‘Tale of the Nine Tailed 1938’ review: a foxy, funny and campy delight

Our titular gumiho is sent back in time to vanquish more supernatural evil in this absurdly fun second season

**Spoilers for Tale of the Nine Tailed season one below**

Tale of the Nine Tailed became one of 2020’s biggest K-dramas thanks to its engaging blend of fantasy, action, romance, comedy and horror. Its excellent first season told the story of a gumiho (nine-tailed fox) called Lee Yeon (Lee Dong-wook) who renounced his duties as a mountain deity for the love of a human woman. Centuries after her tragic death, she’s reincarnated in the modern world, allowing Yeon to mend his broken heart. Through many trials and tribulations, Yeon reconnects with his soulmate, saves the world and reconciles with his anti-hero half-brother Lee Rang (Kim Bum).

Season one gave viewers a beautifully bittersweet ending, with Yeon sacrificing himself to defeat an evil serpent demon – only for ex-villain Rang to offer up his own life in exchange for Yeon to be reborn as a human. It completed a compelling redemption arc for Rang, and allowed Yeon to spend a normal, mortal lifetime with his beloved. The climax was so perfect that one could argue the show doesn’t need a second season. Nevertheless, news of the series’ return was widely celebrated by fans (as evidenced by 1938’s series record-breaking ratings). But it does beg the question, where does season two go from here?

Wisely, writer Han Woo-ri and directors Kang Shin-hyo and Jo Nam-hyung have totally changed the status quo for this sequel by offering a fresh setting and different stakes, while retaining (and accentuating) the elements of season one that made the show so compulsively watchable – namely the exciting action alongside Yeon and Rang’s heartwarming bromance. Season two instantly plunges viewers into the fray with a confused Yeon being surrounded by Japanese soldiers in 1938 Joseon. The action then flashes back to explain how the handsome gumiho got his powers back, and why he’s stuck in this time travel predicament.


As it turns out, Taluipa (Kim Jung-nan), the administrator of the Afterlife, still needs Yeon to hunt mythical creatures that are hurting humanity. To that end, he’s tasked with finding a mysterious supernatural being in a Red-White Mask (Itaewon Class’ Ryu Kyung-soo) that has stolen the Samdocheon Guardian Stone, a gem that maintains the barrier between the living and the dead. When Red-White Mask flees through a portal into the past, Yeon and his trusty right-hand fox Koo Shin-joo (Hwang Hee) pursue. Unfortunately for the foxes, this means they’re stuck in 1938, unable to return to their respective loves until they can recover the Stone.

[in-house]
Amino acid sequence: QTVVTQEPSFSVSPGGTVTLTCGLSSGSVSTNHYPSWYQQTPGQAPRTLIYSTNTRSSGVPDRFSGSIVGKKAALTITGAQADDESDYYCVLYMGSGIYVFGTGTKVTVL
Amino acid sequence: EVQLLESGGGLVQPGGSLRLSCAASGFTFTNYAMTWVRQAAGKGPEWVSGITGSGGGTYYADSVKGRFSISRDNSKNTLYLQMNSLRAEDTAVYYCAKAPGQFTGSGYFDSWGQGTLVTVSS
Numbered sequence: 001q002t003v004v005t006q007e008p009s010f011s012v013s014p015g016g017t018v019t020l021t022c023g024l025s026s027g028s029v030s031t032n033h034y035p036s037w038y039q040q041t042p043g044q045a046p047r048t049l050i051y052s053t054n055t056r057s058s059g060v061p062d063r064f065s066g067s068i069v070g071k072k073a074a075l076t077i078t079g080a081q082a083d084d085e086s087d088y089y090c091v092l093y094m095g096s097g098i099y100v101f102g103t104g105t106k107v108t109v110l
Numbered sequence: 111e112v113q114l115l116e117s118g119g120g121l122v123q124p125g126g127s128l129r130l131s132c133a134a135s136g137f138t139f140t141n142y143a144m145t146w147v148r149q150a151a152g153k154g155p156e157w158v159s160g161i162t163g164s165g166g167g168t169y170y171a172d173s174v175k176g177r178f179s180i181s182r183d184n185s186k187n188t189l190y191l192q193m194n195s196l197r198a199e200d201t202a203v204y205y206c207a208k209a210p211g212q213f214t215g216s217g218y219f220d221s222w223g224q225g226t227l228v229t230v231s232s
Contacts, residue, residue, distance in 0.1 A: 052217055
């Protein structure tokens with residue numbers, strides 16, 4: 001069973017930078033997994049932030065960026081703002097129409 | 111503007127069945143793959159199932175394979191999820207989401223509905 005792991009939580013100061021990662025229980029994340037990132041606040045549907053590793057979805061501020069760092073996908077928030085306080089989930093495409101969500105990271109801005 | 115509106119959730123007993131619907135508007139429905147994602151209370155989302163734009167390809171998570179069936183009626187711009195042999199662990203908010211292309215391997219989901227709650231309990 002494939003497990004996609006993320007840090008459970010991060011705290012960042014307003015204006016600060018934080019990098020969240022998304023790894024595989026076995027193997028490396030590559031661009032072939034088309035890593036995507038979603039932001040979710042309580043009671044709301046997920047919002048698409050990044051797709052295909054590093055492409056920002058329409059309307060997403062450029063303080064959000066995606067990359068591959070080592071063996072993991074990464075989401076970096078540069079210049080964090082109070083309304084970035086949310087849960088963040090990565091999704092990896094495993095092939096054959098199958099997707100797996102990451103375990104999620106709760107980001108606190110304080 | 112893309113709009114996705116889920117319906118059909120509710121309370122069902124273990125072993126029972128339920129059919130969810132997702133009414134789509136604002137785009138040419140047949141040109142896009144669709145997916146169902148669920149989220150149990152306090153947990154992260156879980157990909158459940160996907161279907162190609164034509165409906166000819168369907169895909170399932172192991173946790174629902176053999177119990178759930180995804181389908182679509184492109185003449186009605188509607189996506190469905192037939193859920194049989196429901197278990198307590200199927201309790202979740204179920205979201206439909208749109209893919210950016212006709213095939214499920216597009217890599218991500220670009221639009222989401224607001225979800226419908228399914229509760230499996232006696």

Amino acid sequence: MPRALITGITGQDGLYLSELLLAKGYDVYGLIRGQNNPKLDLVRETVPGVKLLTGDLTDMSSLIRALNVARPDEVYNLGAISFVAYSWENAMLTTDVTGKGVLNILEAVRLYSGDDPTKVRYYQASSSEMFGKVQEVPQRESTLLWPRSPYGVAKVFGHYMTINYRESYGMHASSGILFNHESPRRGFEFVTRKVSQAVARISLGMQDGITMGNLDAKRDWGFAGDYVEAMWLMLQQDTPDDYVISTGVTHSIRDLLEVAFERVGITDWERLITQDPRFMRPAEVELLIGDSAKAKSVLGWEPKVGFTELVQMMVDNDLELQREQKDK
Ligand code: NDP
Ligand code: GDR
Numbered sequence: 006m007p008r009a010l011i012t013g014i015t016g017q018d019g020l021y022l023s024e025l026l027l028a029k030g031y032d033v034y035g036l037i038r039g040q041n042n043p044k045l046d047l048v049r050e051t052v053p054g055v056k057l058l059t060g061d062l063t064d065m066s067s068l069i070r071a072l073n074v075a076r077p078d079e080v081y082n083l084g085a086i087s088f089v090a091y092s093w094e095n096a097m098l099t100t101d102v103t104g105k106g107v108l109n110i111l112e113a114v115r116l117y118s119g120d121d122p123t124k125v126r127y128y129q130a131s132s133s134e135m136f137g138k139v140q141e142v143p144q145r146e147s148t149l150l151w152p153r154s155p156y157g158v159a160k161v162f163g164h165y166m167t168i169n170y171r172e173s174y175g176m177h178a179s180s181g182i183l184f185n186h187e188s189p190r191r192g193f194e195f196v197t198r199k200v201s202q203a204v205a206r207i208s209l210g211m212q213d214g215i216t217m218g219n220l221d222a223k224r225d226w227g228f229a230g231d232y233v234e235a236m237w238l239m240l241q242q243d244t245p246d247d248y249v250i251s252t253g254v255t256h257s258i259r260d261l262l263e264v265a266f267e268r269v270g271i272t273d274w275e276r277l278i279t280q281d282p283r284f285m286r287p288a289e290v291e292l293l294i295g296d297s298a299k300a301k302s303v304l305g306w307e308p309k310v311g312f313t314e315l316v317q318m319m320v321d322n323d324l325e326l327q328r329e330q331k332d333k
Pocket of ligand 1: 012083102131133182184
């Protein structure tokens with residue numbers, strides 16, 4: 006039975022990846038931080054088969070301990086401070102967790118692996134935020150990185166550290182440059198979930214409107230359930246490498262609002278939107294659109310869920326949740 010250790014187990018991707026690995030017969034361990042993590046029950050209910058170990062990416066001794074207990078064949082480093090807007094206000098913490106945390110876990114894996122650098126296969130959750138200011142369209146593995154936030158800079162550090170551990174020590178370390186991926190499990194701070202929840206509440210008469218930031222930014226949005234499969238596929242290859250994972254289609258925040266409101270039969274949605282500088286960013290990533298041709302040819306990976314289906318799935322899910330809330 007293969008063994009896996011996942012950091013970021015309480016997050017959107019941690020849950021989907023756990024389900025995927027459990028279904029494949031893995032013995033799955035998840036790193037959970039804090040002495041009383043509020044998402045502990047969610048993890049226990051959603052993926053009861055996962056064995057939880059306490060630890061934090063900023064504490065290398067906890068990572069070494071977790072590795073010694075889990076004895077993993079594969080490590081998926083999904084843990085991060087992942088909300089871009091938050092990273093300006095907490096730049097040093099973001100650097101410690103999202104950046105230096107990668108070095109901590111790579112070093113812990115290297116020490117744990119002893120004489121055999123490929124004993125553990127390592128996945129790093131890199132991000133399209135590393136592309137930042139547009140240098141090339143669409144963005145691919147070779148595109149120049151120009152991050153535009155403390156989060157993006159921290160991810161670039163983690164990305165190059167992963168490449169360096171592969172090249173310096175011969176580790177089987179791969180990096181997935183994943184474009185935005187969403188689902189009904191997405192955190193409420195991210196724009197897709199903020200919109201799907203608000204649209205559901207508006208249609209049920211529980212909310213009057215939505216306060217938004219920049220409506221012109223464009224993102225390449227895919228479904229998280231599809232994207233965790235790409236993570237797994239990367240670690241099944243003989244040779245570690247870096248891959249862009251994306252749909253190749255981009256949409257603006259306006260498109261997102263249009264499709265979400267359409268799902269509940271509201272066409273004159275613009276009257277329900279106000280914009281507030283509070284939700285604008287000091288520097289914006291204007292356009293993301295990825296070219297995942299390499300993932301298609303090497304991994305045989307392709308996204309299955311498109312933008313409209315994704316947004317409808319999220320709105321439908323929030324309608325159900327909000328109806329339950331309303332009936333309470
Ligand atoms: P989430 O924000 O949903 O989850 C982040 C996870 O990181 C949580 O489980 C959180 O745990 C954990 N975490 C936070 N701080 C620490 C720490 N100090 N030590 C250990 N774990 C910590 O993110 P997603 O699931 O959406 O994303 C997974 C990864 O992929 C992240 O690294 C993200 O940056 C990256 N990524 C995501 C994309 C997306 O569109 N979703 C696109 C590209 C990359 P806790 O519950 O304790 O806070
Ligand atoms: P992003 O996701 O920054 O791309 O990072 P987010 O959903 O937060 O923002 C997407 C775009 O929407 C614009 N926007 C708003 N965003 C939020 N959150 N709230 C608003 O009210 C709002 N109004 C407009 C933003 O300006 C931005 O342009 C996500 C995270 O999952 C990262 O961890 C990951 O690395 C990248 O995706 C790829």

Besides that throughline quest, their sudden appearance in the past creates a whole host of complications. They have to contend with oppressive Japanese colonisers wreaking havoc in their homeland, a myriad of demons and deities (including foreign ones that have travelled with the invaders) getting in their way, and even a stalkery mountain god named Ryu Hong-joo (The Penthouse’s Kim So-yeon) who is romantically obsessed with Yeon. That’s not even counting Yeon’s inevitable encounter with the past version of his half-brother Rang. At this point in time, Rang still hates Yeon for abandoning him, and is still a baddie leading a cadre of bandits.

If Tale of the Nine Tailed is most easily comparable to Thor (fallen god falls for a mortal, has a love-hate relationship with a mischievous and resentful half-brother), 1938 is certainly more in-line with Taika Waititi’s Thor: Ragnarok. Season two revamps the franchise by leaning into what makes it fun and funny, just packed with more self-aware comedy poking fun at season one’s dramatic tropes. Undoubtedly, the series’ most hilarious moment comes early on in this second season when Yeon runs into his past self and is comically disgusted by how annoyingly broody and lovelorn he was.

In fact, season two dumps the overplayed star-crossed romance angle altogether to focus on what fans truly care about: Yeon and Rang’s squabbling bromance as they go on various adventures. Buoyed by an increased emphasis on cool action sequences – with gun fights, hand-to-hand combat, and deity-on-deity superpowered battles aplenty – 1938 offers a refreshingly different tone to its more serious first season. Lighter, sillier, breezier and brimming with campy delight, season two slyly remixes an already successful formula into an even more enjoyable package.

Tale of the Nine Tailed 1938 airs on tvN every Saturday and Sunday, and is also available to stream on Prime Video globally.


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